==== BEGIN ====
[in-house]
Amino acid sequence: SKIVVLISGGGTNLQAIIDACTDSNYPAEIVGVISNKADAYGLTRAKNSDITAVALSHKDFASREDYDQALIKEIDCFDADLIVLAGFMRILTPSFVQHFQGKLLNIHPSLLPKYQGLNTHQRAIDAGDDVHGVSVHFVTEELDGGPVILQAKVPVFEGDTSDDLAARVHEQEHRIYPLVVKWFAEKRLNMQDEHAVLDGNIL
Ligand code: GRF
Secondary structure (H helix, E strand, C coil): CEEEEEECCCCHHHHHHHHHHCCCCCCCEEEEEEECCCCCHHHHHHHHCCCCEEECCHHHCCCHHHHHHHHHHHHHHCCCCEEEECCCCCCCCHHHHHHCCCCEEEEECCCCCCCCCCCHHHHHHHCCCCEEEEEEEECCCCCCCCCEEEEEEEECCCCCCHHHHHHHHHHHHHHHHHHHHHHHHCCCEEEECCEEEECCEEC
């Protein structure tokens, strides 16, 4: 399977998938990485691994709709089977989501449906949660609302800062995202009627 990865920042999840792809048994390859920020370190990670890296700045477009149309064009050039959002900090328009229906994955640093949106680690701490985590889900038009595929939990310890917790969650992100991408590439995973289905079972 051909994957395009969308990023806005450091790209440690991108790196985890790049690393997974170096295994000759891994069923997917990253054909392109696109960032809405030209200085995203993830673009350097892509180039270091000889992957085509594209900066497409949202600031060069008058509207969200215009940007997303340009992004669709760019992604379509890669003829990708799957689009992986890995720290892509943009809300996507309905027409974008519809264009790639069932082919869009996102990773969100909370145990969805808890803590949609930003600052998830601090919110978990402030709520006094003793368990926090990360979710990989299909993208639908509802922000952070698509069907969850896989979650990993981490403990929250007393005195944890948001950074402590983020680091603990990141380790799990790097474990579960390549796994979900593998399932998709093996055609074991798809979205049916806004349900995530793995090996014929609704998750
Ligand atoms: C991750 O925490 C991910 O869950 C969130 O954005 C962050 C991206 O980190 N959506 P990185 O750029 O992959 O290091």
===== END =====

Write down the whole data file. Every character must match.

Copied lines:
[in-house]
Amino acid sequence: SKIVVLISGGGTNLQAIIDACTDSNYPAEIVGVISNKADAYGLTRAKNSDITAVALSHKDFASREDYDQALIKEIDCFDADLIVLAGFMRILTPSFVQHFQGKLLNIHPSLLPKYQGLNTHQRAIDAGDDVHGVSVHFVTEELDGGPVILQAKVPVFEGDTSDDLAARVHEQEHRIYPLVVKWFAEKRLNMQDEHAVLDGNIL
Ligand code: GRF
Secondary structure (H helix, E strand, C coil): CEEEEEECCCCHHHHHHHHHHCCCCCCCEEEEEEECCCCCHHHHHHHHCCCCEEECCHHHCCCHHHHHHHHHHHHHHCCCCEEEECCCCCCCCHHHHHHCCCCEEEEECCCCCCCCCCCHHHHHHHCCCCEEEEEEEECCCCCCCCCEEEEEEEECCCCCCHHHHHHHHHHHHHHHHHHHHHHHHCCCEEEECCEEEECCEEC
């Protein structure tokens, strides 16, 4: 399977998938990485691994709709089977989501449906949660609302800062995202009627 990865920042999840792809048994390859920020370190990670890296700045477009149309064009050039959002900090328009229906994955640093949106680690701490985590889900038009595929939990310890917790969650992100991408590439995973289905079972 051909994957395009969308990023806005450091790209440690991108790196985890790049690393997974170096295994000759891994069923997917990253054909392109696109960032809405030209200085995203993830673009350097892509180039270091000889992957085509594209900066497409949202600031060069008058509207969200215009940007997303340009992004669709760019992604379509890669003829990708799957689009992986890995720290892509943009809300996507309905027409974008519809264009790639069932082919869009996102990773969100909370145990969805808890803590949609930003600052998830601090919110978990402030709520006094003793368990926090990360979710990989299909993208639908509802922000952070698509069907969850896989979650990993981490403990929250007393005195944890948001950074402590983020680091603990990141380790799990790097474990579960390549796994979900593998399932998709093996055609074991798809979205049916806004349900995530793995090996014929609704998750
Ligand atoms: C991750 O925490 C991910 O869950 C969130 O954005 C962050 C991206 O980190 N959506 P990185 O750029 O992959 O290091």